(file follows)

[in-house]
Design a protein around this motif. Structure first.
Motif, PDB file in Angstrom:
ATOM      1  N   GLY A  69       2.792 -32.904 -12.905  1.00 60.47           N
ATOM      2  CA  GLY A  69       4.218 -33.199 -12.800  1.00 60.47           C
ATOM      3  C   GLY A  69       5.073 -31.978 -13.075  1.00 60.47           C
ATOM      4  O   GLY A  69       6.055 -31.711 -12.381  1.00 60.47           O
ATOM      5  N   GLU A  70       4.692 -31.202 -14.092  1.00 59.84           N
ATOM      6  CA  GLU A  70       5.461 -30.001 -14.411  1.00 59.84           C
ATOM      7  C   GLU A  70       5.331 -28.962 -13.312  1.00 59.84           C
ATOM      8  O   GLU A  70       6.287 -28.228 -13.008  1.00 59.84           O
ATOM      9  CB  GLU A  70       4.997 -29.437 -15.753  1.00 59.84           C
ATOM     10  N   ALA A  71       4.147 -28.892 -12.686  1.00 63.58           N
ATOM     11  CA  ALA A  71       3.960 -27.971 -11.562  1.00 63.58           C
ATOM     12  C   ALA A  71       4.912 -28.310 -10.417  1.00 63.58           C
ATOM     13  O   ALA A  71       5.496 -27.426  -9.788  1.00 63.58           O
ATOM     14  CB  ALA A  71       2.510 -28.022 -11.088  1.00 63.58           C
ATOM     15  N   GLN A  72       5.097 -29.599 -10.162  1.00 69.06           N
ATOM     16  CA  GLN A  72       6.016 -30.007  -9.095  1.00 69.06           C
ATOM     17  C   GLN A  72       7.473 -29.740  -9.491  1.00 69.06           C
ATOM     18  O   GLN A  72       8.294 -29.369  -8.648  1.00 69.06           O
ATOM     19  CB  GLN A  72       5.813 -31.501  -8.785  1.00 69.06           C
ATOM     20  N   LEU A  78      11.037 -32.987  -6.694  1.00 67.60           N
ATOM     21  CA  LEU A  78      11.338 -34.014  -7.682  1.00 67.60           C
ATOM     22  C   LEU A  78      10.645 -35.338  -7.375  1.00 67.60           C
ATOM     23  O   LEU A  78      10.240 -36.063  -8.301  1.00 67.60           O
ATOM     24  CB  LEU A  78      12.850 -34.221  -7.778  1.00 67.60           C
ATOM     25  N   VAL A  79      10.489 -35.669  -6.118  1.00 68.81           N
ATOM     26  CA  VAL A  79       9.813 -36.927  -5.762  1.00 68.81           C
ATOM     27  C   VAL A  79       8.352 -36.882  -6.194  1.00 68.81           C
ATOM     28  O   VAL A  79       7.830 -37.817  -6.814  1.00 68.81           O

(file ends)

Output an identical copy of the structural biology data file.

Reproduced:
[in-house]
Design a protein around this motif. Structure first.
Motif, PDB file in Angstrom:
ATOM      1  N   GLY A  69       2.792 -32.904 -12.905  1.00 60.47           N
ATOM      2  CA  GLY A  69       4.218 -33.199 -12.800  1.00 60.47           C
ATOM      3  C   GLY A  69       5.073 -31.978 -13.075  1.00 60.47           C
ATOM      4  O   GLY A  69       6.055 -31.711 -12.381  1.00 60.47           O
ATOM      5  N   GLU A  70       4.692 -31.202 -14.092  1.00 59.84           N
ATOM      6  CA  GLU A  70       5.461 -30.001 -14.411  1.00 59.84           C
ATOM      7  C   GLU A  70       5.331 -28.962 -13.312  1.00 59.84           C
ATOM      8  O   GLU A  70       6.287 -28.228 -13.008  1.00 59.84           O
ATOM      9  CB  GLU A  70       4.997 -29.437 -15.753  1.00 59.84           C
ATOM     10  N   ALA A  71       4.147 -28.892 -12.686  1.00 63.58           N
ATOM     11  CA  ALA A  71       3.960 -27.971 -11.562  1.00 63.58           C
ATOM     12  C   ALA A  71       4.912 -28.310 -10.417  1.00 63.58           C
ATOM     13  O   ALA A  71       5.496 -27.426  -9.788  1.00 63.58           O
ATOM     14  CB  ALA A  71       2.510 -28.022 -11.088  1.00 63.58           C
ATOM     15  N   GLN A  72       5.097 -29.599 -10.162  1.00 69.06           N
ATOM     16  CA  GLN A  72       6.016 -30.007  -9.095  1.00 69.06           C
ATOM     17  C   GLN A  72       7.473 -29.740  -9.491  1.00 69.06           C
ATOM     18  O   GLN A  72       8.294 -29.369  -8.648  1.00 69.06           O
ATOM     19  CB  GLN A  72       5.813 -31.501  -8.785  1.00 69.06           C
ATOM     20  N   LEU A  78      11.037 -32.987  -6.694  1.00 67.60           N
ATOM     21  CA  LEU A  78      11.338 -34.014  -7.682  1.00 67.60           C
ATOM     22  C   LEU A  78      10.645 -35.338  -7.375  1.00 67.60           C
ATOM     23  O   LEU A  78      10.240 -36.063  -8.301  1.00 67.60           O
ATOM     24  CB  LEU A  78      12.850 -34.221  -7.778  1.00 67.60           C
ATOM     25  N   VAL A  79      10.489 -35.669  -6.118  1.00 68.81           N
ATOM     26  CA  VAL A  79       9.813 -36.927  -5.762  1.00 68.81           C
ATOM     27  C   VAL A  79       8.352 -36.882  -6.194  1.00 68.81           C
ATOM     28  O   VAL A  79       7.830 -37.817  -6.814  1.00 68.81           O